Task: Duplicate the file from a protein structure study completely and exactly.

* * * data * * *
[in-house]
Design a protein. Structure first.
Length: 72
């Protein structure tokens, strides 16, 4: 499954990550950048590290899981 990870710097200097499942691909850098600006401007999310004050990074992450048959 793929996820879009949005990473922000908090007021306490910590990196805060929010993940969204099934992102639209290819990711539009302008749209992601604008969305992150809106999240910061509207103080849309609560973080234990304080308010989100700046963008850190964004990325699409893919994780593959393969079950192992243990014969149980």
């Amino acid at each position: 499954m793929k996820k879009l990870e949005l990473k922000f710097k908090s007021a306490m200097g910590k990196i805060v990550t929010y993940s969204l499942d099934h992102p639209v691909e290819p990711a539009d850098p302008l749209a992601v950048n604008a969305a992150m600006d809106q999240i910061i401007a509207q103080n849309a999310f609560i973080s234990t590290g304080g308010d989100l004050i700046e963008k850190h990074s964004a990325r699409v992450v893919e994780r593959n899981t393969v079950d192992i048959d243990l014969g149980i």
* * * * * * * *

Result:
[in-house]
Design a protein. Structure first.
Length: 72
């Protein structure tokens, strides 16, 4: 499954990550950048590290899981 990870710097200097499942691909850098600006401007999310004050990074992450048959 793929996820879009949005990473922000908090007021306490910590990196805060929010993940969204099934992102639209290819990711539009302008749209992601604008969305992150809106999240910061509207103080849309609560973080234990304080308010989100700046963008850190964004990325699409893919994780593959393969079950192992243990014969149980």
């Amino acid at each position: 499954m793929k996820k879009l990870e949005l990473k922000f710097k908090s007021a306490m200097g910590k990196i805060v990550t929010y993940s969204l499942d099934h992102p639209v691909e290819p990711a539009d850098p302008l749209a992601v950048n604008a969305a992150m600006d809106q999240i910061i401007a509207q103080n849309a999310f609560i973080s234990t590290g304080g308010d989100l004050i700046e963008k850190h990074s964004a990325r699409v992450v893919e994780r593959n899981t393969v079950d192992i048959d243990l014969g149980i």